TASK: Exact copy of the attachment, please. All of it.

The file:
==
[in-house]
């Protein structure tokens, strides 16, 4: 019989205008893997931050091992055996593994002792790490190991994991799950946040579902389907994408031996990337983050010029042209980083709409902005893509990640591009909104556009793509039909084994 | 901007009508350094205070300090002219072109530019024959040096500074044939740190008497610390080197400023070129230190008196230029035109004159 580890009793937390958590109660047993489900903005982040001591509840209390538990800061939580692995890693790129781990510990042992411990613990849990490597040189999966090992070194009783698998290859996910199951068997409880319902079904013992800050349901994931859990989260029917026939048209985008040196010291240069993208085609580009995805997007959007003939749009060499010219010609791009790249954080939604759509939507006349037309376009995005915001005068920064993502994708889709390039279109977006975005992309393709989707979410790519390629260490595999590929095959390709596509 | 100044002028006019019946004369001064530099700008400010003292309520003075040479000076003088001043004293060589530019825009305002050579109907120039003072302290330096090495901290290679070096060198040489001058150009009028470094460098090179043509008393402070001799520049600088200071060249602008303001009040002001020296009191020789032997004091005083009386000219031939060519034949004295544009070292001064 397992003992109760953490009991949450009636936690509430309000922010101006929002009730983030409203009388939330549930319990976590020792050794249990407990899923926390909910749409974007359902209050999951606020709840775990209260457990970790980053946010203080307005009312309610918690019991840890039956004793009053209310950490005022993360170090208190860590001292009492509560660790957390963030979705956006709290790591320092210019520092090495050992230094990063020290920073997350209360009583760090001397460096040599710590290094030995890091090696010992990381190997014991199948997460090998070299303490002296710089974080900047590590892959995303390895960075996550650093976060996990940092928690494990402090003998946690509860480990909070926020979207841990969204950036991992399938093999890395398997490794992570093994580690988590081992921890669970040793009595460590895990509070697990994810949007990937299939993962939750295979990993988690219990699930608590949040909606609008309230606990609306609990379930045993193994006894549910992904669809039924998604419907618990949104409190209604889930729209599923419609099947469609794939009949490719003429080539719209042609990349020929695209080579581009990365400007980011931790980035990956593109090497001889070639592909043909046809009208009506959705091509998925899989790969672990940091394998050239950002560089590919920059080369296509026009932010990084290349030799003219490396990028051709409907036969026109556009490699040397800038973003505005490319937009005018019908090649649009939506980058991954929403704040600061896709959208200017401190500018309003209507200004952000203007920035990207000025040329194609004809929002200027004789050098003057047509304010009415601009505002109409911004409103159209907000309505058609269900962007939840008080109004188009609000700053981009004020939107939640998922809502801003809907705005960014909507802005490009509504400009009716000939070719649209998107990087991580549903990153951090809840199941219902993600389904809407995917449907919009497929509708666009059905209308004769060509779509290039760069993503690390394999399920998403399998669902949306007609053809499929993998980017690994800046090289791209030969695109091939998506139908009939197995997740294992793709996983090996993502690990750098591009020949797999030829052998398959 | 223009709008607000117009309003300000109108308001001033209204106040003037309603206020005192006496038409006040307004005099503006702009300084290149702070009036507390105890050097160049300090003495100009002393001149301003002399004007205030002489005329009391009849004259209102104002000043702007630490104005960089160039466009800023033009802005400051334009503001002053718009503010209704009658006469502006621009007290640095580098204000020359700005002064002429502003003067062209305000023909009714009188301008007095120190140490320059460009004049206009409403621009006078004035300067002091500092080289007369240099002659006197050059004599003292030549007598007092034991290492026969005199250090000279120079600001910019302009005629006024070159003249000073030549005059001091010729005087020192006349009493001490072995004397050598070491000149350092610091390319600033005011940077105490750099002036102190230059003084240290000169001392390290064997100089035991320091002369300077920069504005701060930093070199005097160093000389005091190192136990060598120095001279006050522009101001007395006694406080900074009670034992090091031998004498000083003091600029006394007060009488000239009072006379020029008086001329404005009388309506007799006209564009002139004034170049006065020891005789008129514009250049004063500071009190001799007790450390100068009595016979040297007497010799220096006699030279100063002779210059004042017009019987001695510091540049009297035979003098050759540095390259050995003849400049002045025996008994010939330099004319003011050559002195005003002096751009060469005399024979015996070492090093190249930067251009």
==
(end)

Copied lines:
[in-house]
């Protein structure tokens, strides 16, 4: 019989205008893997931050091992055996593994002792790490190991994991799950946040579902389907994408031996990337983050010029042209980083709409902005893509990640591009909104556009793509039909084994 | 901007009508350094205070300090002219072109530019024959040096500074044939740190008497610390080197400023070129230190008196230029035109004159 580890009793937390958590109660047993489900903005982040001591509840209390538990800061939580692995890693790129781990510990042992411990613990849990490597040189999966090992070194009783698998290859996910199951068997409880319902079904013992800050349901994931859990989260029917026939048209985008040196010291240069993208085609580009995805997007959007003939749009060499010219010609791009790249954080939604759509939507006349037309376009995005915001005068920064993502994708889709390039279109977006975005992309393709989707979410790519390629260490595999590929095959390709596509 | 100044002028006019019946004369001064530099700008400010003292309520003075040479000076003088001043004293060589530019825009305002050579109907120039003072302290330096090495901290290679070096060198040489001058150009009028470094460098090179043509008393402070001799520049600088200071060249602008303001009040002001020296009191020789032997004091005083009386000219031939060519034949004295544009070292001064 397992003992109760953490009991949450009636936690509430309000922010101006929002009730983030409203009388939330549930319990976590020792050794249990407990899923926390909910749409974007359902209050999951606020709840775990209260457990970790980053946010203080307005009312309610918690019991840890039956004793009053209310950490005022993360170090208190860590001292009492509560660790957390963030979705956006709290790591320092210019520092090495050992230094990063020290920073997350209360009583760090001397460096040599710590290094030995890091090696010992990381190997014991199948997460090998070299303490002296710089974080900047590590892959995303390895960075996550650093976060996990940092928690494990402090003998946690509860480990909070926020979207841990969204950036991992399938093999890395398997490794992570093994580690988590081992921890669970040793009595460590895990509070697990994810949007990937299939993962939750295979990993988690219990699930608590949040909606609008309230606990609306609990379930045993193994006894549910992904669809039924998604419907618990949104409190209604889930729209599923419609099947469609794939009949490719003429080539719209042609990349020929695209080579581009990365400007980011931790980035990956593109090497001889070639592909043909046809009208009506959705091509998925899989790969672990940091394998050239950002560089590919920059080369296509026009932010990084290349030799003219490396990028051709409907036969026109556009490699040397800038973003505005490319937009005018019908090649649009939506980058991954929403704040600061896709959208200017401190500018309003209507200004952000203007920035990207000025040329194609004809929002200027004789050098003057047509304010009415601009505002109409911004409103159209907000309505058609269900962007939840008080109004188009609000700053981009004020939107939640998922809502801003809907705005960014909507802005490009509504400009009716000939070719649209998107990087991580549903990153951090809840199941219902993600389904809407995917449907919009497929509708666009059905209308004769060509779509290039760069993503690390394999399920998403399998669902949306007609053809499929993998980017690994800046090289791209030969695109091939998506139908009939197995997740294992793709996983090996993502690990750098591009020949797999030829052998398959 | 223009709008607000117009309003300000109108308001001033209204106040003037309603206020005192006496038409006040307004005099503006702009300084290149702070009036507390105890050097160049300090003495100009002393001149301003002399004007205030002489005329009391009849004259209102104002000043702007630490104005960089160039466009800023033009802005400051334009503001002053718009503010209704009658006469502006621009007290640095580098204000020359700005002064002429502003003067062209305000023909009714009188301008007095120190140490320059460009004049206009409403621009006078004035300067002091500092080289007369240099002659006197050059004599003292030549007598007092034991290492026969005199250090000279120079600001910019302009005629006024070159003249000073030549005059001091010729005087020192006349009493001490072995004397050598070491000149350092610091390319600033005011940077105490750099002036102190230059003084240290000169001392390290064997100089035991320091002369300077920069504005701060930093070199005097160093000389005091190192136990060598120095001279006050522009101001007395006694406080900074009670034992090091031998004498000083003091600029006394007060009488000239009072006379020029008086001329404005009388309506007799006209564009002139004034170049006065020891005789008129514009250049004063500071009190001799007790450390100068009595016979040297007497010799220096006699030279100063002779210059004042017009019987001695510091540049009297035979003098050759540095390259050995003849400049002045025996008994010939330099004319003011050559002195005003002096751009060469005399024979015996070492090093190249930067251009």